Absolute Filtration. Among the more useful ways of classifying filter media are the concepts of absolute and depth. These two types of filters differ fundamentally in their mechanisms of retention.

- Absolute type filters. An absolute filter is a geometrically regular, porous matrix that retains particles on its surface primarily by a sieving mechanism. The pore size is controlled in the manufacturing process. Filtration through such a filter is inherently absolute in that anything larger than the pore size is retained on the filter surface. These are the 'membrane' type filters used in the wine industry as a final filtration just prior to bottling for the removal of wine microorganisms. The advantages and disadvantages of such a filter are summarized as follows:

- Using absolute filtration, it is possible to derive a specific rating of membrane efficiency independent of flow rate and pressure differential. Therefore a winemaker can be assured that no micro-organisms larger than the pore diameter will travel through the filter if the filter is properly functioning. (Integrity testing will be outlined in a subsequent issue.) Most winemakers attempting to remove yeast use a membrane filter with a 0.6 micrometer pore diameter, while lactic acid bacteria are generally retained by a 0.45 micrometer membrane filter.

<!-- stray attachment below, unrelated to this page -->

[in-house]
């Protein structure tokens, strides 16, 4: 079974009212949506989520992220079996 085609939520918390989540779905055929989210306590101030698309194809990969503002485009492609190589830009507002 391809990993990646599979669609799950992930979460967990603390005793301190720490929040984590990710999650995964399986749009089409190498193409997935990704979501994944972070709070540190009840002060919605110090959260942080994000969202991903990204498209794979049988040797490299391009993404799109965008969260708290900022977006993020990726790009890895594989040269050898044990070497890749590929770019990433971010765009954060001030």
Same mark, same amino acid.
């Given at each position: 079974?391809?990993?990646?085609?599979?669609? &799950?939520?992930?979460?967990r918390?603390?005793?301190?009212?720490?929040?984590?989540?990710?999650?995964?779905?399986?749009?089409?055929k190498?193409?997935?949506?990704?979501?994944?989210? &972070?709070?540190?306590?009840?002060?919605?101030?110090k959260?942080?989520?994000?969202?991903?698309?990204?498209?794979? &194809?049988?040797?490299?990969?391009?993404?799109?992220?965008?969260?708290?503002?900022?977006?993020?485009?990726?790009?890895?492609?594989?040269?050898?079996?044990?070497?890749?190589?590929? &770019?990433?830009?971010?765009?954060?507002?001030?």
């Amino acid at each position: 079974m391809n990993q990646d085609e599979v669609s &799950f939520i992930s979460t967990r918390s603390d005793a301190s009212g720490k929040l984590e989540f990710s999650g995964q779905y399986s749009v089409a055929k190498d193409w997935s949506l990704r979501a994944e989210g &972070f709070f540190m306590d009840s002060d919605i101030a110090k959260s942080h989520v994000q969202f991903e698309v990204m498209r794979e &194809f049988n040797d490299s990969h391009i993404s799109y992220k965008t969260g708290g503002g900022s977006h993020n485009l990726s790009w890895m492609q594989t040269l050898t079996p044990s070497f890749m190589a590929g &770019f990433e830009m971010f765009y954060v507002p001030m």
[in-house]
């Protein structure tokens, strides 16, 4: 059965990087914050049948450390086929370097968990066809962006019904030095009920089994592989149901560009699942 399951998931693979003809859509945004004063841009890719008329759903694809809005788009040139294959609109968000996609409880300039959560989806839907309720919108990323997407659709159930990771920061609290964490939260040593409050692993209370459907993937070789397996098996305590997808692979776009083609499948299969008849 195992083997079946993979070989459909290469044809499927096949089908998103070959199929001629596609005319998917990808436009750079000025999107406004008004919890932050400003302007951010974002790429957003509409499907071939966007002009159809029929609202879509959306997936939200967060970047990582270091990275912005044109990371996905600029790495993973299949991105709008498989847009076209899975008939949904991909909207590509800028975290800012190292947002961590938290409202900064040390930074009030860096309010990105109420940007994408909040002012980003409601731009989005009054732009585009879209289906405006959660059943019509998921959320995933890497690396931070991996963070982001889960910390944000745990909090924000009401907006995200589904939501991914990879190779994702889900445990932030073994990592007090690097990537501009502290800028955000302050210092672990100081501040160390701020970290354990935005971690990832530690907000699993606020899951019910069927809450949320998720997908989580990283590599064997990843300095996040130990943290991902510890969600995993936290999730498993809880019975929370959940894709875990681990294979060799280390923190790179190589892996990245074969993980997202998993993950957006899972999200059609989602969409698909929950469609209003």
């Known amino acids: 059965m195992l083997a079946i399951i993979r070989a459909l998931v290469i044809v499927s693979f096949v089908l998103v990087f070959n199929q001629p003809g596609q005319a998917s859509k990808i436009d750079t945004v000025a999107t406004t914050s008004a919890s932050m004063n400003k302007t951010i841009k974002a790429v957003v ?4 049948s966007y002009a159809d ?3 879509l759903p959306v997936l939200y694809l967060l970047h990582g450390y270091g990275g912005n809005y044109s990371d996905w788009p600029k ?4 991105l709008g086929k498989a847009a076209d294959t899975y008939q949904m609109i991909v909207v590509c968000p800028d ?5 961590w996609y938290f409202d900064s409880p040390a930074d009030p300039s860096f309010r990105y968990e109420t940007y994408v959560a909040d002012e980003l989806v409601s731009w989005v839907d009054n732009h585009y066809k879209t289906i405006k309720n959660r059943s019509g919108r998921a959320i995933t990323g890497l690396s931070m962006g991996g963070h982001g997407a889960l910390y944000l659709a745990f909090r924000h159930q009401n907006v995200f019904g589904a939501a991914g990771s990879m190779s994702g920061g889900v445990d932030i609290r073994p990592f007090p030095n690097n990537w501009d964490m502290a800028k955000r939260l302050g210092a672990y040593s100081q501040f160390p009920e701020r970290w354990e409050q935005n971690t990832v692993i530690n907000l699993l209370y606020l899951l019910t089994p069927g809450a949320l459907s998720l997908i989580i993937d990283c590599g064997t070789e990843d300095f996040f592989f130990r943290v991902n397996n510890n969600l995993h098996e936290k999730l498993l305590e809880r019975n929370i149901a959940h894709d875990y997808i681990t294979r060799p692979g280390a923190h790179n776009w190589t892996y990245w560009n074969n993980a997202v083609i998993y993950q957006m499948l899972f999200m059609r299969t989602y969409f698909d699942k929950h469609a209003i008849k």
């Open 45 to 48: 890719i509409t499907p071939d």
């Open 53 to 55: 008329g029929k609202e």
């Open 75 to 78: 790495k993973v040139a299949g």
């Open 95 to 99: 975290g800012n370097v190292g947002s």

- Owing to the homogeneous nature of the membrane, no media migration or sloughing occurs. Thus no particles larger than the membrane pore diameter or membrane material itself will travel down stream.

- Since membranes are very thin (membrane thickness = 150 micrometers), there is no possibility of microbial growth within the inner layers. Coupled with this property, there is reduced product loss.

- Successive layers of larger particles may act to prevent the passage of particles smaller than pore diameter.